Backlinks are foundational pillars of any solid SEO strategy, but not all are created equal. Powerful editorial links from sites like The New York Times, CNN, or TechCrunch can help launch your business into the public spotlight and drive some serious sales. Many backlinks aren’t work the hyperlink they’re coded into, and offer little overall support own their own. Much like opinions, backlinks from highly respected or celebrity websites tend to carry much more weight than backlinks from random websites like personal blogs. People understand influence in this way, and Google’s quest to identify value mimics our own perception in many ways. Understanding this similarity more fully can help to apply some hacks and tricks to leverage the power of opinion, and backlinks, in favor of your website and marketing campaign.
As we stroll throughout the world we are constantly exposed to new things and ideas. The human mind associates similar experiences, thoughts, and opinions to within constructs known as mental schemas. These are like labeled shoe boxes that our minds put similar objects into to keep everything better organized. You might have a schema for first introductions, job interviews, and even checking the mail. Over the course of our evolution, our minds have evolved this way—in theory—as a way to simplify cognitive processing task to reduce our overall use of energy. After all, it’d be hard to know which friend to call to help you move furniture if you had to re-evaluate what friendship meant every time you talked.
If a Senator were to recommend a hot dog stand you’d likely try it out no questions asked. If a stranger made the same recommendation you’d likely ignore it
One of the shadows of this mental organization structure is that experiences and subjects common to everyone tend to get an aggregated Schema. For example, if you’d read in every local publisher’s content that some new restaurant had the best roasted duck in town, would you be able to tell if they’d actually served you a goose? Most people would likely just assume their own perception was amiss since their mental schema for local restaurant reviews favors accuracy, honesty, and trust. Some might call it herd mentality, but it could arguably be regarded simply as our inborn informational storage architecture. This is a loophole in human psychology that is often leveraged by less-scrupulous salesmen and could be considered the ‘bait and switch’ by many regards.
The Weight of Clout
Opinions of people are often perceived in a similar capacity—those from well-known people being given more weight. Comparatively speaking, if a US Senator and a complete stranger were to both answer your Facebook request for a local restaurant recommendation—which one would you try? Nine times of ten, the Senator’s opinion is going to win the battle. Nothing is ever so simple, and understanding the dynamics of this perception can help understand how opinion can be influence. For example, if one Senator were to recommend a hot dog stand you’d likely try it out no questions asked. If a stranger made the same recommendation, especially if it were among a crowd of other stranger’s differing recommendations, you’d likely ignore it. Mental Schemas—simple survival psychology in action. Where things get interesting is when you start to consider quantity of opinions. If the Senator told you to eat at Joe’s Authentic Coney Island Dogs, and a stranger told you to eat at Mike’s Chicago Style Footlongs, you’re going Coney Island everytime. What if 5 strangers told you to go Chicago style? What if were 50, 100, or maybe 1000? At this point most everyone would go Chicago-style, and likely even wonder if there is some reason not to trust the Senator. This is an example of quantity vs. quality of opinion, when a mass-agreement of strangers can trump the opinion of high society or even experts in the field sometimes. Common real-world examples of this are political interests promoting false rumors, drug companies buying the opinions of peer reviewed doctors, and brands promoting anything with celebrity endorsement.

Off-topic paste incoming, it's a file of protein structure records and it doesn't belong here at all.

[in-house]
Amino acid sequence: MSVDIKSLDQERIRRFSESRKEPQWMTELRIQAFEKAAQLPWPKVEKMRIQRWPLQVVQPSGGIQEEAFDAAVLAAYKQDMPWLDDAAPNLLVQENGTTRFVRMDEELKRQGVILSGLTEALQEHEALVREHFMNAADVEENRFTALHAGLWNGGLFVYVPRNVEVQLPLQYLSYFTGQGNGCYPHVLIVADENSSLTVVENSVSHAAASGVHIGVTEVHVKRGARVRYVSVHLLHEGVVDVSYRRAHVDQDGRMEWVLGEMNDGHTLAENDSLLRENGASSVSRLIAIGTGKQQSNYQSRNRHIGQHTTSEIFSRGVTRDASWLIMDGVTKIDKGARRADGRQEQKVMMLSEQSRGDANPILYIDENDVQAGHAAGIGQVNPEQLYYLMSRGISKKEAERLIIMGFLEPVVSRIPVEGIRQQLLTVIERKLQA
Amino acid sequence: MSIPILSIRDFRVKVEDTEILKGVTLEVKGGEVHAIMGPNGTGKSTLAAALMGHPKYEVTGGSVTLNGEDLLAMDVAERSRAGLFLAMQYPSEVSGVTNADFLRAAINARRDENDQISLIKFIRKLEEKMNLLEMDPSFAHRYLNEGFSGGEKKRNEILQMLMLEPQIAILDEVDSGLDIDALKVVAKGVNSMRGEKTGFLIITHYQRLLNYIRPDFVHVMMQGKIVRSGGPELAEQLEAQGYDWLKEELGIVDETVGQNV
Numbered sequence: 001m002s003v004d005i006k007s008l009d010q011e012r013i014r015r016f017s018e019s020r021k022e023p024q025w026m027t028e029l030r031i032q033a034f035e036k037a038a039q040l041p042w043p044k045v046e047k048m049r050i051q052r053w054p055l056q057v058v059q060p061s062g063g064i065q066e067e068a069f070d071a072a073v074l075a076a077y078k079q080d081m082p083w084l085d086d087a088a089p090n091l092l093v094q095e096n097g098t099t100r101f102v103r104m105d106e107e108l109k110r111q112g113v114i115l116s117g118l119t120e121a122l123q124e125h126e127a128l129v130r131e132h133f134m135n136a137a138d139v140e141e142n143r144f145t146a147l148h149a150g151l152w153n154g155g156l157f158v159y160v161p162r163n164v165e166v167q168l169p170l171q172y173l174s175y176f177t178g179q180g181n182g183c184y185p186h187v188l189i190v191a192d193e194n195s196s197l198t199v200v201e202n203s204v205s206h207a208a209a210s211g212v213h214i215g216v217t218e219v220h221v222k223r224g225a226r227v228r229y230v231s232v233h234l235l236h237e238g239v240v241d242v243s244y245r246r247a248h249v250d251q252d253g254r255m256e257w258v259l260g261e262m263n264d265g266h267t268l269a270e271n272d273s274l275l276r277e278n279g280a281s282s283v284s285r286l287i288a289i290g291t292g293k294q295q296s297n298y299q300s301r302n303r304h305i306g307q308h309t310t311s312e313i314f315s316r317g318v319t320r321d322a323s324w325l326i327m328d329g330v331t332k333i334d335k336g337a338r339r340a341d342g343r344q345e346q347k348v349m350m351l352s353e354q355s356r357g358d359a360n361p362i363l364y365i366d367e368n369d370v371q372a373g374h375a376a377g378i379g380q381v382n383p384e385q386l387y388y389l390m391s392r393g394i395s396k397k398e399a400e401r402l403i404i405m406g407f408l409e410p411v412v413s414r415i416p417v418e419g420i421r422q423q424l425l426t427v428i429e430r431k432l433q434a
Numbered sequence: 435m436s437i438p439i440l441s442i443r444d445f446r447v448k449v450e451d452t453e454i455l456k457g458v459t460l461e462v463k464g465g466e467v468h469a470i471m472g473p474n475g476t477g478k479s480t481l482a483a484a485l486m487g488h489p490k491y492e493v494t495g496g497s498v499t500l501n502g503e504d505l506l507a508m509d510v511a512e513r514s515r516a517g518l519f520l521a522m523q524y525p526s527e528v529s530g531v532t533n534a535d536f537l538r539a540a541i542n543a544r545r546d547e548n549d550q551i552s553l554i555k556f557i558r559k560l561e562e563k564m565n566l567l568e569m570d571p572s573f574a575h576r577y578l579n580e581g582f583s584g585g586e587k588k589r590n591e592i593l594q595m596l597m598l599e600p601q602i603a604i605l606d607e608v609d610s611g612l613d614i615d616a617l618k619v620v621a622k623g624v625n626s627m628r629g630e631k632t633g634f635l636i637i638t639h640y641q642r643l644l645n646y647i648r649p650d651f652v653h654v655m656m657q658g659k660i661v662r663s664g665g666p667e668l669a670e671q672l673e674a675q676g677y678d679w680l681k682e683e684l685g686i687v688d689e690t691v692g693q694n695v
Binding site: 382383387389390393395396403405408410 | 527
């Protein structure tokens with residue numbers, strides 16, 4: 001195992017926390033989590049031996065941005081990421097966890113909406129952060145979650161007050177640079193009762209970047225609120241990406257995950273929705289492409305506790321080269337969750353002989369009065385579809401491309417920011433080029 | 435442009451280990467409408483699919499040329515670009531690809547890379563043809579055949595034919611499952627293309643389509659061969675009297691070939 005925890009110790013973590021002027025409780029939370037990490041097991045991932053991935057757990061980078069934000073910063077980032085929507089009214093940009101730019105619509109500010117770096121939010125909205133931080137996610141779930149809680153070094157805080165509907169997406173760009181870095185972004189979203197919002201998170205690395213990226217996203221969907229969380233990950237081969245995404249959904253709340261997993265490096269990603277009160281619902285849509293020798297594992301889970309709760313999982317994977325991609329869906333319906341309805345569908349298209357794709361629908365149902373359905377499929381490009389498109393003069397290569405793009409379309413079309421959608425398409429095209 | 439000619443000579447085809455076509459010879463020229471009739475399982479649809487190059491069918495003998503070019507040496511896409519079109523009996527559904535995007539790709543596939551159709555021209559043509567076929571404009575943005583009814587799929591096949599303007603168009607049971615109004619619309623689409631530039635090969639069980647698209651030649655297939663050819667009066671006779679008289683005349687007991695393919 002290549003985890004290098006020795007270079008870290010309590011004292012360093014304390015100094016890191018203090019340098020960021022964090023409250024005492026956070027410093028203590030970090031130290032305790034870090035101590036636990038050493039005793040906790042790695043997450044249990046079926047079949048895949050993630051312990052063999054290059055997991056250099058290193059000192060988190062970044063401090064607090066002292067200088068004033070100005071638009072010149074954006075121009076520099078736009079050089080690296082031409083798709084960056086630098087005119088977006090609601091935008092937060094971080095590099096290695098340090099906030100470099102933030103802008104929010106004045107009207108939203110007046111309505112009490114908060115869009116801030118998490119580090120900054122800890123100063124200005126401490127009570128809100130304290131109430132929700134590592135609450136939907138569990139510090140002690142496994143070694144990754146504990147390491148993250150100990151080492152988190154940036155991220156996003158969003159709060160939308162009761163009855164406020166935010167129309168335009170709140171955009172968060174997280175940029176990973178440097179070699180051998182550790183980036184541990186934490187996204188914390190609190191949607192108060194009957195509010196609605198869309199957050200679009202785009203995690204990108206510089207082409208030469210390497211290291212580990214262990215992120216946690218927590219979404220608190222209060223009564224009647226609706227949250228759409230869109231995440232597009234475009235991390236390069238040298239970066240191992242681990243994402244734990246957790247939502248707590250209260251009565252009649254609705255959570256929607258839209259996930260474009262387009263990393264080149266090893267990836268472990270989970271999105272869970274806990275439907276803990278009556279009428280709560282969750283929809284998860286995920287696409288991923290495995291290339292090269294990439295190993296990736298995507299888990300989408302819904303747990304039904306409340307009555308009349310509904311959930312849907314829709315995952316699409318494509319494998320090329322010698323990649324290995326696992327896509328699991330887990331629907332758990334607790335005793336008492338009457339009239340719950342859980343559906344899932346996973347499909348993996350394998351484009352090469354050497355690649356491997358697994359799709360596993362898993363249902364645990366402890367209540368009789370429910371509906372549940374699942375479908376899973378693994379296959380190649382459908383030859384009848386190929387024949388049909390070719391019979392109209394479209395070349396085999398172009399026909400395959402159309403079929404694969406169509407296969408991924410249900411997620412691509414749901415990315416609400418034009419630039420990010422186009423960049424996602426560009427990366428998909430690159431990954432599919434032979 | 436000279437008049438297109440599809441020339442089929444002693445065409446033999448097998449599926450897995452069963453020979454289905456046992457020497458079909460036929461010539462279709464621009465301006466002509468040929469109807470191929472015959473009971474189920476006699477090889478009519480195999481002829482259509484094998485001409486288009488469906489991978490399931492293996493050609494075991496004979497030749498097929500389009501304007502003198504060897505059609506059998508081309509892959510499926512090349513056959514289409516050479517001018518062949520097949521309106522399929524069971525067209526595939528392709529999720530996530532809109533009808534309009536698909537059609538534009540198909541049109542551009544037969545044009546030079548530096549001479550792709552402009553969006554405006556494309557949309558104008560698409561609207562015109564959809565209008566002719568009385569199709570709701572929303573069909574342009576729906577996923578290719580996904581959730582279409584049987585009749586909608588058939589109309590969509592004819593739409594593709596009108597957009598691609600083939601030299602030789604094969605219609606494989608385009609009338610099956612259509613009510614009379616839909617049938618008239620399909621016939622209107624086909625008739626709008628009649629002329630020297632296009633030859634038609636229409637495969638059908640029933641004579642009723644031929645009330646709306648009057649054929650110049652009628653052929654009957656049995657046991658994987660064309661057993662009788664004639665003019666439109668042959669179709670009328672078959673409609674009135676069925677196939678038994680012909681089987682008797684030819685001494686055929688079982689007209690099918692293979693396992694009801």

Mental Schemas are, very simply speaking, the constructs in which we organize our intelligence of the world. When we examine the world of artificial intelligence however, our vocabulary changes slightly. Deep learning algorithms, such as the technologies used by Google to build their search databases, use many different approaches to build relationships between different objects. One of particular note to SEO services and search engine ranking is the concept of Word Vectors. Very simply put, word vectors are data structures by which computers can store words as numerical values—which allows very in depth comparisons to be made. For example, word vectors help tell Google that ‘Man’ is to ‘King’ in the same capacity that ‘Woman’ is to ‘Queen.’ This is one of the ways that Google knows to show Mike’s Chicago Style Hotdogs’ webpage when you search for ‘hot dogs’ instead of pictures of border collies standing in the Sahara Desert.
If tons of websites were to start talking about ‘hog dogs’ in the context of Border Collies in the Sahara Desert, Google’s word vector representations of these topics could be influenced to favor showing images of desert gods over Mike’s Hotdog Stand. Another very interesting facet about this approach of learning word relationships is that different communities regard different subjects are having different degrees of similarity. A great interactive demo of this technology in action can be seen by the SpaCy’s Sense2Vec word vector demonstration which takes into account only comments posted to Reddit. For example, Reddit has a 92% similar association between ‘bacon’ and ‘salad’. We often find this type of customized approach to be quite useful in better understanding the subtleties of targeted demographics. The more certain topics are mentioned in context with one another, the more they’ll be regarded as similar keywords by word vector approaches.